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The parted top of Gregg Allman's long, blond hair nearly touched the tour bus ceiling. His damaged but muscular body filled the narrow hallway in which he stood to greet us. Ancient tattoos covered the 58-year-old's long arms. We shook hands, traded salutations, and then — I froze. The music writer from the next town over, my friendly competition, stood next me, equally starstruck.
I figured a compliment wouldn't hurt. After all, Allman had just led his solo band through one of the most satisfying rock 'n' soul performances I had witnessed in recent memory. "That was great seeing you bring your son up there to perform 'Midnight Rider' with you," I mumbled.
"Oh, yeah, that was great, huh?" Allman replied with a smile. And then more silence.
Allman had just delivered a stirring 90-minute set in front of a crowd that included friends and family at the 2006 Sarasota Blues Festival. Gregg's triumphant return to the blues fest capped the daylong event that also featured a crowd-pleasing performance by son Devon Allman and his band, Honeytribe. I had spent the afternoon with Devon eating lunch and then discussing, among other things, what it's like having a Rock and Roll Hall of Famer for a father.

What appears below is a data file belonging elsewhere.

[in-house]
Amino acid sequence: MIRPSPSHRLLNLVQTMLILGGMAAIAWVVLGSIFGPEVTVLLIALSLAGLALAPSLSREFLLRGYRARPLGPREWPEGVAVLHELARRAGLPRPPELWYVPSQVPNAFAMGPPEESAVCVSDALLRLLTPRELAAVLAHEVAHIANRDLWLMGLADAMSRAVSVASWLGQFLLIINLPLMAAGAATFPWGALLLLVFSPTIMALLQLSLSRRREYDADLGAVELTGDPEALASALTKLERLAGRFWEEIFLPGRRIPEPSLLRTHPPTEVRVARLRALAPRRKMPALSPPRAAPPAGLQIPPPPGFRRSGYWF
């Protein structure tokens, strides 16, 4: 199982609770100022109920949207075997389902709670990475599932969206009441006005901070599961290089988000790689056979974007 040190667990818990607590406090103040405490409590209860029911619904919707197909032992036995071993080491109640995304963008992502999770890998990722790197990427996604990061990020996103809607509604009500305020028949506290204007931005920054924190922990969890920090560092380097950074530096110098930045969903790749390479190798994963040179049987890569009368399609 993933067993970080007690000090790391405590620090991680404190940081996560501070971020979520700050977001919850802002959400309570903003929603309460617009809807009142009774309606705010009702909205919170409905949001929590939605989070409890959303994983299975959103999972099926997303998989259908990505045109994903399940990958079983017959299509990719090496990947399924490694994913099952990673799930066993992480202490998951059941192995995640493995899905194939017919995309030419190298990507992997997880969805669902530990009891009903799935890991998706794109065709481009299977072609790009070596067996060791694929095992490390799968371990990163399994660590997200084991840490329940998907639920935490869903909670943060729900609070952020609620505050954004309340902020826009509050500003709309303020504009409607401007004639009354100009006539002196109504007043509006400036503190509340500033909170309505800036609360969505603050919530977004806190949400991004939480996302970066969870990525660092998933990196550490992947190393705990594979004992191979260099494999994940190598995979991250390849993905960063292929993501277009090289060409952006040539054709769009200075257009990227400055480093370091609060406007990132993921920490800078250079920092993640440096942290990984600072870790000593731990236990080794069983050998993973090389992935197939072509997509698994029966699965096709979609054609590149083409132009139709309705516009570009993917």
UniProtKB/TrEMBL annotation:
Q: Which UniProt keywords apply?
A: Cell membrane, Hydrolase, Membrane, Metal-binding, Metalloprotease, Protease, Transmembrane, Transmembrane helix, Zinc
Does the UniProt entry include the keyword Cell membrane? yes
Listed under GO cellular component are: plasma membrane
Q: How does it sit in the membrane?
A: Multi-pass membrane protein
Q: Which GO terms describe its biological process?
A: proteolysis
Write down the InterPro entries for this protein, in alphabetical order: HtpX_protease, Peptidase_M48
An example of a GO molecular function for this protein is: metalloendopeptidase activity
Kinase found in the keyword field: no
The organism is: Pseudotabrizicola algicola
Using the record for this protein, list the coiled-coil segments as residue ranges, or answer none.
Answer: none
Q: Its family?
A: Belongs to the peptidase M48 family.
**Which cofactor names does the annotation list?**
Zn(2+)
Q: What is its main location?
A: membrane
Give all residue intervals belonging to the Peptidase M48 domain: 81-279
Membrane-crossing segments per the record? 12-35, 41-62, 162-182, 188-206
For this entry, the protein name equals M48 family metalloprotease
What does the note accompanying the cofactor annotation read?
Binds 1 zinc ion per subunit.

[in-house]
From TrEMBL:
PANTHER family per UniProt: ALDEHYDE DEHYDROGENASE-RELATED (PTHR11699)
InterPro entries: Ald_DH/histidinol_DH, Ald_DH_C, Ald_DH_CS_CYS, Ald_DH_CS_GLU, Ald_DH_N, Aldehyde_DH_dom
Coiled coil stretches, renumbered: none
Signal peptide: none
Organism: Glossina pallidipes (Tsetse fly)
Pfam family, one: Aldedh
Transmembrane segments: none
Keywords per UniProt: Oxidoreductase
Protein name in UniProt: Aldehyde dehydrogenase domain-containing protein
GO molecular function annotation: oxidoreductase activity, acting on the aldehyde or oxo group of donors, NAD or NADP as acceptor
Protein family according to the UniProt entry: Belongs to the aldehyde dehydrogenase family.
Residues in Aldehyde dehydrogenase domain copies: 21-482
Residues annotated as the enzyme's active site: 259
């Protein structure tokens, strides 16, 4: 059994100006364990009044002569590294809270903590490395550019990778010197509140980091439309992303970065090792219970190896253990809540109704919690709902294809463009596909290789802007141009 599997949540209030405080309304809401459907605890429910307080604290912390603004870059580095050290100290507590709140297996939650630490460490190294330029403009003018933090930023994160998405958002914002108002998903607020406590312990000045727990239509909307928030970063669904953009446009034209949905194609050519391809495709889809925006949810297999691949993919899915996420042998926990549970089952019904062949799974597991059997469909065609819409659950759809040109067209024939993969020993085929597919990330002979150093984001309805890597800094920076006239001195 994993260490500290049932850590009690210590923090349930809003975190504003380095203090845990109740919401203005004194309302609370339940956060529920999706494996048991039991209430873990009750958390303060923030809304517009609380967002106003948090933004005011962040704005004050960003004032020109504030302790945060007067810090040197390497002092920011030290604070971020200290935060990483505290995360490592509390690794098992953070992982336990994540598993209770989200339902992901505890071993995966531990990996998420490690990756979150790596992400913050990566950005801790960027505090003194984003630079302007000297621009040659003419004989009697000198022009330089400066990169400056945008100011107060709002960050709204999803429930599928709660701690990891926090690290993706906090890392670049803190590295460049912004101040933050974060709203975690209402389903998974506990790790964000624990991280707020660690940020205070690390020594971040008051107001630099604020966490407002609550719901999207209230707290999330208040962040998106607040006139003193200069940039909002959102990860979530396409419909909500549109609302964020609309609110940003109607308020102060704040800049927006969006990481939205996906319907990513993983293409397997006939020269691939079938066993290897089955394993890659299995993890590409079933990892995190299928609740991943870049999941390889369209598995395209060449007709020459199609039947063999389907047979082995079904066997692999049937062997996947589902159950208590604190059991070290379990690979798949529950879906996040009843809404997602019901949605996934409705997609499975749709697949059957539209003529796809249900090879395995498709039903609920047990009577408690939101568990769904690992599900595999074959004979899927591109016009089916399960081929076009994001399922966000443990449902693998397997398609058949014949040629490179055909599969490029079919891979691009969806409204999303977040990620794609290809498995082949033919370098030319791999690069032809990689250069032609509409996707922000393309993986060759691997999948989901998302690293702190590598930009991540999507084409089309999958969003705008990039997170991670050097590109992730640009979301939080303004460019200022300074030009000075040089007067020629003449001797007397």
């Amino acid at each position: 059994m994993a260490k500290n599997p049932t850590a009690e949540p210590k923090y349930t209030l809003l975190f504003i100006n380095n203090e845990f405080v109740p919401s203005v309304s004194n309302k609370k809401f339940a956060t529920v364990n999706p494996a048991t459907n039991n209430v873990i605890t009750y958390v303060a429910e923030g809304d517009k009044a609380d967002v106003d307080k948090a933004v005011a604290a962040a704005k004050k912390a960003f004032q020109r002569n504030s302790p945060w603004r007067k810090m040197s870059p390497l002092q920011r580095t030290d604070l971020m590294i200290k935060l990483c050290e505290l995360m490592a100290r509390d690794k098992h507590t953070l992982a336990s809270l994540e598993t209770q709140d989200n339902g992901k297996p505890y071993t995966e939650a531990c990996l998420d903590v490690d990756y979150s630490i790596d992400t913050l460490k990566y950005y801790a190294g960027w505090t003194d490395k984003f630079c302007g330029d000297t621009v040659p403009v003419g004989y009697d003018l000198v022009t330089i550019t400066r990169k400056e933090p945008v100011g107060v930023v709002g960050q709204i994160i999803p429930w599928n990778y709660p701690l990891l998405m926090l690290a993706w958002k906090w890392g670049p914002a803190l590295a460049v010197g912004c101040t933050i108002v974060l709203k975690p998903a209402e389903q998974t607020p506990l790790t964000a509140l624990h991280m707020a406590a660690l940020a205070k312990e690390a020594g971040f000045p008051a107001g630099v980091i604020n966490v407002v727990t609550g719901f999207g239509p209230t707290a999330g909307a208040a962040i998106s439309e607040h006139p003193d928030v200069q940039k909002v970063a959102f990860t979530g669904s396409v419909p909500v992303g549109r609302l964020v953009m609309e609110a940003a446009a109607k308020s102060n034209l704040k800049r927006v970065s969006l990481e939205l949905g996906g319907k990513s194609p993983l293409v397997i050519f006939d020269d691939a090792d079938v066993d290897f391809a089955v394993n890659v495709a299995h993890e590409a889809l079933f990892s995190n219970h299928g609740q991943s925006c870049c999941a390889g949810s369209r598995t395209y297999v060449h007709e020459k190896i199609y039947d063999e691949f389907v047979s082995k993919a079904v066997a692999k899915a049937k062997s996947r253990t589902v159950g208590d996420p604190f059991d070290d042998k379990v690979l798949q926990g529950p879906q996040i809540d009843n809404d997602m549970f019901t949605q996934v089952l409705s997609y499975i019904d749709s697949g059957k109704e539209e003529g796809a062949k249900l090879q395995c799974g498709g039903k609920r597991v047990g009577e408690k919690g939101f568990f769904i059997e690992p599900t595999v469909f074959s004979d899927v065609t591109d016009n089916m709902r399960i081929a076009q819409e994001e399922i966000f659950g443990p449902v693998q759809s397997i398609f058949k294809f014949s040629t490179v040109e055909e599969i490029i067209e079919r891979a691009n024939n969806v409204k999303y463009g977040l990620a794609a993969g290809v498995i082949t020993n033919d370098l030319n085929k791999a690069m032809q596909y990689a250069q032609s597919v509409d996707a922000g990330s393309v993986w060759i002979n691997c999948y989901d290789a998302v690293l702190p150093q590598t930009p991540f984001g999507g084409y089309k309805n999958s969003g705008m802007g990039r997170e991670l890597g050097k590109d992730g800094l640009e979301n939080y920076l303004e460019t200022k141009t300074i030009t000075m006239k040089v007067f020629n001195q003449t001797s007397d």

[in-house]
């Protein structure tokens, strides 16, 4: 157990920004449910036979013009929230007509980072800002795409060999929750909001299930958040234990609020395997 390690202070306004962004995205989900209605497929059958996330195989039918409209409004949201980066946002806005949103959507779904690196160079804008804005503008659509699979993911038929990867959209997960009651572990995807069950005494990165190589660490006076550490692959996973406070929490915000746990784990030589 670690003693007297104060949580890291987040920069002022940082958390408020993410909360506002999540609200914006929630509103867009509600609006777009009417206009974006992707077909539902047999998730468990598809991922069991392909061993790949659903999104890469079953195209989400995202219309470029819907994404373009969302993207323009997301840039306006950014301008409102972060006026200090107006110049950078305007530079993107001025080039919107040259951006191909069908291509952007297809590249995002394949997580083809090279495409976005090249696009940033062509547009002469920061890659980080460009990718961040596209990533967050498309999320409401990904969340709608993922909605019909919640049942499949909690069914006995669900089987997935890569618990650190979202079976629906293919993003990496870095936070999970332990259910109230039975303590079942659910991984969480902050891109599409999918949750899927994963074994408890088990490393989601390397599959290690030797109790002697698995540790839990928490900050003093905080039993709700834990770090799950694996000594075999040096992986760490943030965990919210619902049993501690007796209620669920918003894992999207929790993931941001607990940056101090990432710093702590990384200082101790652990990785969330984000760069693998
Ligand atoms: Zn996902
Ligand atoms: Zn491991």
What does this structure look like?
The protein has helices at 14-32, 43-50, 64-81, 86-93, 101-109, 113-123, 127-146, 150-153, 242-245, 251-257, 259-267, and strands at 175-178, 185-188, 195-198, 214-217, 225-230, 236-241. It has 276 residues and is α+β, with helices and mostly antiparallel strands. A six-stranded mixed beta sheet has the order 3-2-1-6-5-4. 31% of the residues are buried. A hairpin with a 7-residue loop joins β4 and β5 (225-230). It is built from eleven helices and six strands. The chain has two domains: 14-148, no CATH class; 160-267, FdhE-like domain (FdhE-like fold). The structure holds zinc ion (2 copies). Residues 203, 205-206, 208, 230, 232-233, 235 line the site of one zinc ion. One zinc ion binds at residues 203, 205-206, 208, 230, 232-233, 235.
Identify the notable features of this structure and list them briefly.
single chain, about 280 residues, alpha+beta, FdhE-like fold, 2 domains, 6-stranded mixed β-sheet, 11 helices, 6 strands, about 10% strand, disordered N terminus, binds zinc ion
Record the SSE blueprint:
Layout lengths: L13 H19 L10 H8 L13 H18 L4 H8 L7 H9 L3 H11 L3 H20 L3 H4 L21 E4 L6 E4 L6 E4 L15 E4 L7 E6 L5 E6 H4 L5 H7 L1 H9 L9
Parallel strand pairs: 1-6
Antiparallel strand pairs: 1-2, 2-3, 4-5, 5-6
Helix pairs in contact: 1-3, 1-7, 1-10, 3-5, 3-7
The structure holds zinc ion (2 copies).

"I remember the first time I heard that Dave Brubeck was going on the road and had two of his sons in his band," Gregg had told me by phone during an interview to advance his Sarasota date. "I thought, man, what a great thing, to have your kids play with you."
I have interviewed Gregg Allman twice by phone and met him once. I grew up with the Allman Brothers Band's music. I have vivid memories of Pops returning from a shitty day at his Italian restaurant — or after an argument with Mom — and losing himself in the definitive version of Gregg Allman's epic "Whipping Post" from 1971's At Fillmore East. That slab of vinyl my dad bought as a teenager is now in my possession, along with nearly every other Allman Brothers Band release — plus Gregg's superb 1970s solo albums Laid Back, The Gregg Allman Tour, and Playin' Up a Storm.
In the '90s, none of my high school and college peers cared for the Allman Brothers Band. Led Zeppelin, the Rolling Stones, Pink Floyd, and all the other classic-rock radio favorites were adored, but there wasn't much love or respect for the group that had that simplistic country-sounding hit "Ramblin' Man." Much to my happiness, in the past decade I have seen an increasing number of fresh young faces at ABB shows. The band's stop in Hollywood caps a highly successful 40th-anniversary tour.
"I'm looking down the barrel of 60 years old, I'm 58, people say there's gotta come a day," Allman told me before. "But retire from what? If the tour bus don't kill me, I'll do this as long as I can."
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